Which now brings us to the biggest tongue-wagger and dome-scratcher: what to make of this scene?  There is a lot of question regarding the Side-Man category and the Musical Excellence Award.  And there’s an entire other blog entry to be written about the questions found here.  Is the latter a re-naming of the former, similar to calling the Non-Performer category the “Ahmet Ertegun Award”?  Interviews with some of the power-that-be suggest otherwise, saying this category will allow them the freedom to do things they hadn’t quite been able to do before; however, the news stories all treated it as if it were a simple renaming of the Side-Man category.  And to be honest, making the first such induction Leon Russell really only muddies the picture further.  Russell is absolutely worthy of induction, but you could really put him in as either a Performer or a Side-Man.  Elton John’s induction speech mentioned primarily his accomplishments as a session musician, but also made mention of his records as a primary artist.

So at this point, we’re really not sure what’s happening with this category, and it’s possible that the people at the Rock And Roll Hall Of Fame Foundation aren’t entirely certain, either.  And maybe it’s best that they maintain that ambiguity for a little longer too, until they’re set.  If so, then the best possible induction to maintain that shroud of mystery would, in my opinion, be Ry Cooder, a prominent session man with an impressive catalog as a recording artist, too.  Another possibility would be the Wichita lineman himself, Glen Campbell, whose solo records might raise an eyebrow of suspicion, given his more country proclivities, but whose value as a side musician are impeccable enough to withstand any maelstrom of criticism.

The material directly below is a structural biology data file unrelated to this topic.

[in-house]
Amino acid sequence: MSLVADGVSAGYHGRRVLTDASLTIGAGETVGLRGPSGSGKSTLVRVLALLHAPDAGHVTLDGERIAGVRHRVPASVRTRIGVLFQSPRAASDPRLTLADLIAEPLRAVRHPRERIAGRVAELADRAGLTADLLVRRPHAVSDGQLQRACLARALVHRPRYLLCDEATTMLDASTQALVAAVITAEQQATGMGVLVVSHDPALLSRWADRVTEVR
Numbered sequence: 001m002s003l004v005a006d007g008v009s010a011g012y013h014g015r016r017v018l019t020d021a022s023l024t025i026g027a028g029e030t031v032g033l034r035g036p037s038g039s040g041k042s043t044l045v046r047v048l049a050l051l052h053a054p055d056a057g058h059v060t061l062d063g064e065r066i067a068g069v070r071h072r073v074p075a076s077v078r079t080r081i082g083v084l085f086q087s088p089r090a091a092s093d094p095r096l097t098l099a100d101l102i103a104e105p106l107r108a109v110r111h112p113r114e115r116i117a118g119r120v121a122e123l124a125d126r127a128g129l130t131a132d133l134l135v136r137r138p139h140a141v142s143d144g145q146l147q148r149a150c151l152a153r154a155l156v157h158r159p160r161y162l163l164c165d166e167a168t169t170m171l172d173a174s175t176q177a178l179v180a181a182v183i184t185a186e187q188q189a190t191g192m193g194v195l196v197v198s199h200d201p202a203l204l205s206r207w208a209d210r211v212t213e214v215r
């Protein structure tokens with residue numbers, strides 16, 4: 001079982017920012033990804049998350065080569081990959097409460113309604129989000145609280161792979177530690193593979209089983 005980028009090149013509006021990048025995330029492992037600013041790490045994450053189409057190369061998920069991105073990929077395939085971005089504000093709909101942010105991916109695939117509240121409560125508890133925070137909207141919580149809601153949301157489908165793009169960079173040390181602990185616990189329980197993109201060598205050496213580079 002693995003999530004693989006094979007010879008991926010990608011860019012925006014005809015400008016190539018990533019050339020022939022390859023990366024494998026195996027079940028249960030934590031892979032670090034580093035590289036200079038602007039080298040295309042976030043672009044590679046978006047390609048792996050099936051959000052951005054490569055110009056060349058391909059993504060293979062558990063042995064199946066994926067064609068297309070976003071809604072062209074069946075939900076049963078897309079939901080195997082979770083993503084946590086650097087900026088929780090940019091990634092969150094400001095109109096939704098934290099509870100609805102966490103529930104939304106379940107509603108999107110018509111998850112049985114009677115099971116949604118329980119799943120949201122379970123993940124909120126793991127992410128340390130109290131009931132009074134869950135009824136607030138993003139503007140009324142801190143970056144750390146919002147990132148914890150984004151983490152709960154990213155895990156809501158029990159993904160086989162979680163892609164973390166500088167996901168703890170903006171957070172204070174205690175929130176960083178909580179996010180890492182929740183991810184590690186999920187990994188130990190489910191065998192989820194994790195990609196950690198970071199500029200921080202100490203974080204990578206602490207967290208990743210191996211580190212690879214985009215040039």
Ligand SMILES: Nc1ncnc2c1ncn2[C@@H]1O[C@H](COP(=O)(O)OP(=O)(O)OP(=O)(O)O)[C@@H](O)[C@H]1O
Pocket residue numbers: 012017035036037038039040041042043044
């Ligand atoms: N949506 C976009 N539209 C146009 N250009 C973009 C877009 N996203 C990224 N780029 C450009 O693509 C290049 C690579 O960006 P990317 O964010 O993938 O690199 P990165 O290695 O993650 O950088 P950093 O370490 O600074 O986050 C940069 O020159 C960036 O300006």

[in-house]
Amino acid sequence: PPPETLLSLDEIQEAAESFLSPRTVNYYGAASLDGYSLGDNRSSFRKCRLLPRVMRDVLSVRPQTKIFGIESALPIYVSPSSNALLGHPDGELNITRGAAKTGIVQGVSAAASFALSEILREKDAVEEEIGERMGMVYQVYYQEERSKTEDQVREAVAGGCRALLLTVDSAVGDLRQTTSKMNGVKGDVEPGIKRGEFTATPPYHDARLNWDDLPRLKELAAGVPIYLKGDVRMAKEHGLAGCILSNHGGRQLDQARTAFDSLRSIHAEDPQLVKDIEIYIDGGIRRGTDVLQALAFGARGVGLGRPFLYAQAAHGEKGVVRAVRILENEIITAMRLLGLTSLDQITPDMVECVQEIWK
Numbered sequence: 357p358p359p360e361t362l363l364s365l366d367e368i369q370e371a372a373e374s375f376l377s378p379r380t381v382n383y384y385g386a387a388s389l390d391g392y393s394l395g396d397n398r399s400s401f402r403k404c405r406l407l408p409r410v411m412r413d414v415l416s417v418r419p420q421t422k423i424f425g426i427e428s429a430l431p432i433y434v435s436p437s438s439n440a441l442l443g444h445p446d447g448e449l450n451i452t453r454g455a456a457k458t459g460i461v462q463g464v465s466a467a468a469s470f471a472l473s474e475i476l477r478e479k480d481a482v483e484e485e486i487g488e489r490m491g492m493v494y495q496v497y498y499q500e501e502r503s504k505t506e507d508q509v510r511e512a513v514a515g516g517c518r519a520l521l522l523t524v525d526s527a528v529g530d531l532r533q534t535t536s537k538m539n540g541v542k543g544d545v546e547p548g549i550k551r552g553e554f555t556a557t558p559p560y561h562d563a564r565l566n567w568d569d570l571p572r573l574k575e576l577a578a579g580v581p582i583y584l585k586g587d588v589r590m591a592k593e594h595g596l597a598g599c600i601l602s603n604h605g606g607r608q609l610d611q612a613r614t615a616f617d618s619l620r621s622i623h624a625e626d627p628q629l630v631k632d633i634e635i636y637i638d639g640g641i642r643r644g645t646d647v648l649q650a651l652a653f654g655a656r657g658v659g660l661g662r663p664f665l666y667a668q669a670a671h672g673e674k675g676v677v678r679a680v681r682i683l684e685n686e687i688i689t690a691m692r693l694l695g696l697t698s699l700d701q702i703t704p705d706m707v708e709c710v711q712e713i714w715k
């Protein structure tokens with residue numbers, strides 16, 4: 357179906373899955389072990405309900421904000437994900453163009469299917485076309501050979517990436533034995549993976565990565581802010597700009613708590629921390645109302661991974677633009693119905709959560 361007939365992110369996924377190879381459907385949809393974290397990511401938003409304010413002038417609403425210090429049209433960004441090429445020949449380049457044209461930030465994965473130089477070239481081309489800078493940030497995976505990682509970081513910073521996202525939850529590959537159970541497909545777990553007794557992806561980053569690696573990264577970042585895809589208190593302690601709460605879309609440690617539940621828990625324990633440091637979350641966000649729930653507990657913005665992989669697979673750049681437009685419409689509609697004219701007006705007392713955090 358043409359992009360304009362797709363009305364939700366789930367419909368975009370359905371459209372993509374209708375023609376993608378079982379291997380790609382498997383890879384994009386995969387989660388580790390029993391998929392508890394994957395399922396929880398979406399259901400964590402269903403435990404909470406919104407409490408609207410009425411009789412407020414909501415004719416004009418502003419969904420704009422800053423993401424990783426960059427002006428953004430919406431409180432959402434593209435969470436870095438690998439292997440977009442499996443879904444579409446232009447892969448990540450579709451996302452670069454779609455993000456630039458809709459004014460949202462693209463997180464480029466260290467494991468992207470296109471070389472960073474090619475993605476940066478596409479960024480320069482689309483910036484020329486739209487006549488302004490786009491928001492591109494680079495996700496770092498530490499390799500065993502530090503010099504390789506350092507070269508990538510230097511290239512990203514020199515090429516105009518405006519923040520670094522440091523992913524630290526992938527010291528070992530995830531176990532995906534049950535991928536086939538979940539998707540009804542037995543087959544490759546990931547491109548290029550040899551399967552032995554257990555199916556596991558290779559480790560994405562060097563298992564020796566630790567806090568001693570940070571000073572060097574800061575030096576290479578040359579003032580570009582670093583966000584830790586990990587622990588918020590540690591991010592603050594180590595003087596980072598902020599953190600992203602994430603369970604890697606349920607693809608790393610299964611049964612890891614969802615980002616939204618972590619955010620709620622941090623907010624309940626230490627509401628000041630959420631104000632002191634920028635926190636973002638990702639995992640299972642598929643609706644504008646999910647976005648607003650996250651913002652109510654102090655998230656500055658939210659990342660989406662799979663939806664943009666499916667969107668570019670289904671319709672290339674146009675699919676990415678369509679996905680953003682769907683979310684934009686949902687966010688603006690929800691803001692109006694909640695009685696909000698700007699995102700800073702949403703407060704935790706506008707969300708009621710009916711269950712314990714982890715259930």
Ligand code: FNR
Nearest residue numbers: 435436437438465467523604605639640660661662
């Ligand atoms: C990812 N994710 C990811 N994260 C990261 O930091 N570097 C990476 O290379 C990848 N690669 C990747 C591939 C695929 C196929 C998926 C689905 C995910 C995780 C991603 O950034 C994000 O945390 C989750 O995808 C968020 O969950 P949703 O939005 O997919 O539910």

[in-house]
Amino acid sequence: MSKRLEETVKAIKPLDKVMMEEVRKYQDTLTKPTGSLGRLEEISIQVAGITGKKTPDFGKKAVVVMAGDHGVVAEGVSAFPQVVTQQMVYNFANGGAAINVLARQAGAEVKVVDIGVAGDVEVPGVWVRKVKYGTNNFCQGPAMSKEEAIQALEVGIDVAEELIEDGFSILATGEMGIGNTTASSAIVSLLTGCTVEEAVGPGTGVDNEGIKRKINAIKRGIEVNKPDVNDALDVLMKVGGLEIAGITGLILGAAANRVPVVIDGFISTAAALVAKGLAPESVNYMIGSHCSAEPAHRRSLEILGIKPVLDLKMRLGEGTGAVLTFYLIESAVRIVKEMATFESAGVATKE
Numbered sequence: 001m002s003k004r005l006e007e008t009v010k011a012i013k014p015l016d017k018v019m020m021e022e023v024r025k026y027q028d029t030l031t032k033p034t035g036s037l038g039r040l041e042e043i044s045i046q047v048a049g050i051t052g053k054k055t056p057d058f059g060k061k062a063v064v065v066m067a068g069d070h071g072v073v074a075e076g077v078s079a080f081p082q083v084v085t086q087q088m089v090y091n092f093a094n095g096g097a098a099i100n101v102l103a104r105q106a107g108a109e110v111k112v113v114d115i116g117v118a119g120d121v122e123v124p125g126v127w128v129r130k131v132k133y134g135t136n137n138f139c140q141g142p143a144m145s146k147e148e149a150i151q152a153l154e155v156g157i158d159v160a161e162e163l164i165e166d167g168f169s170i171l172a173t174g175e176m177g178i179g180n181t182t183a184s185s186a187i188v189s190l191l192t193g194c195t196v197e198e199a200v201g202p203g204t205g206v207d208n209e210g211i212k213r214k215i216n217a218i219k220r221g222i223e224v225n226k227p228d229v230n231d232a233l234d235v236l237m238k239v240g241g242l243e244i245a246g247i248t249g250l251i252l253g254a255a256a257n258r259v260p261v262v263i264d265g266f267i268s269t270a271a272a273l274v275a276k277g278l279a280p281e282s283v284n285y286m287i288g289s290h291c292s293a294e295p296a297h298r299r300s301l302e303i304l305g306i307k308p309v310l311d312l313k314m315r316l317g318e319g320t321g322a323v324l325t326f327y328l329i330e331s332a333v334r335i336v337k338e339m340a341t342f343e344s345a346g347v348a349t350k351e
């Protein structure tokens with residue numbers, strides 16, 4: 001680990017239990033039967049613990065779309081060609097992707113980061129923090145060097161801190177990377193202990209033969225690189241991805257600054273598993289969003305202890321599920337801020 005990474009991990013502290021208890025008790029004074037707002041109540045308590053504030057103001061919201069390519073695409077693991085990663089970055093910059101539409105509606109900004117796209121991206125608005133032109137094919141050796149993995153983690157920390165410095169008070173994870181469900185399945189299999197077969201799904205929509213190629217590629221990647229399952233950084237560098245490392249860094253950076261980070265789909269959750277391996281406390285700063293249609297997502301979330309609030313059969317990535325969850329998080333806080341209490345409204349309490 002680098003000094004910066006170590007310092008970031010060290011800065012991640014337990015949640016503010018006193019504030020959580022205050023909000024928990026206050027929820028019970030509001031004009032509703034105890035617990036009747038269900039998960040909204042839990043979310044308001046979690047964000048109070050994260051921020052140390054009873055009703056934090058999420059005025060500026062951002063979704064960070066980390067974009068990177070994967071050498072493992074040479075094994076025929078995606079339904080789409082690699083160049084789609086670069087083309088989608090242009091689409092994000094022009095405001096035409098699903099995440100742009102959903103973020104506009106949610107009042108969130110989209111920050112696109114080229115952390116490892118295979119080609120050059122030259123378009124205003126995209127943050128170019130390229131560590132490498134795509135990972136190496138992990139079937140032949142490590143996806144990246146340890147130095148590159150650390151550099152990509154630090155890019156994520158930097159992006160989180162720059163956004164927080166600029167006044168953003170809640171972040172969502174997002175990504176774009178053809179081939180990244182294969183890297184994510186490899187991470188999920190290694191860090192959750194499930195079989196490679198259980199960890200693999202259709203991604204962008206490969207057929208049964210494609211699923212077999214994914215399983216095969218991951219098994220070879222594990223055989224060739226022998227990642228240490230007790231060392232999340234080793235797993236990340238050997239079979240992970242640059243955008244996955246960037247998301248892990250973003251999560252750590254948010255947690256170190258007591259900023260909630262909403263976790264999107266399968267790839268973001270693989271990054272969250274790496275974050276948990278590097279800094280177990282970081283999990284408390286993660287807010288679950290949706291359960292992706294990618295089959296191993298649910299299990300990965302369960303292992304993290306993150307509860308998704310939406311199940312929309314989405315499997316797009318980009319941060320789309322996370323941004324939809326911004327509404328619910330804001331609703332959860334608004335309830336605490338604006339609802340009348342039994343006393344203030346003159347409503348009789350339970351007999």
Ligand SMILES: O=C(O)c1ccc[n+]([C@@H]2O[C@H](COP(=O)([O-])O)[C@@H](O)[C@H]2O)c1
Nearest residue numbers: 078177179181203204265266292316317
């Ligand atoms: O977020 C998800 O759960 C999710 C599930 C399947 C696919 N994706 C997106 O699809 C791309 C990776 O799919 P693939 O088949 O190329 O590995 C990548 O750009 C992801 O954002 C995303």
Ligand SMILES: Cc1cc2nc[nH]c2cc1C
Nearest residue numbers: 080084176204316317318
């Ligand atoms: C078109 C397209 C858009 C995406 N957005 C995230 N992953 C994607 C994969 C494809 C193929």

However, if they do have it in their mind what they’re going to do, it’s a matter of sitting and watching.  If “Musical Excellence Award” is really a renaming of the “Side-Man” category, then I still stand by my recommendation of Tommy Tedesco, one of Phil Spector’s regulars, as one of the best next choices.  Or maybe they could finally get around to recognizing back-up singers, which there’s no better place to begin than with the Jordanaires.

However, my gizzard gets a bit queasy with the arrival of this category last year, and the noticeable absence of Chic and Chuck Willis from this year’s ballot, particularly the former.  I have no objection to the Musical Excellence Award essentially becoming a Lifetime Achievement category.  They have a Lifetime Achievement category, and it’d be nice to treat it as more than a subset of the Non-Performer category.  But don’t set up this category just to circumvent the nomination process and put in pet acts that you’re having a difficult time getting inducted despite many nominations.  I really don’t think this is going to happen, but you never know.

So there are some thoughts about who I feel are likely to be the next inductees in the categories other than Performer.  I’ll probably have my predictions up for the Performer inductees around Thanksgiving or so.


  1. Excellent point about these categories being overlooked. Some nice picks as well.

  2. Thanks Dave, another possibility for the Side-Man/Musical Excellence category that occurred to me later was harmonica player Delbert McClinton, famous for inspiring John Lennon to learn the instrument, notably played on Bruce Channel's "Hey Baby", and with a solo career of some note as well.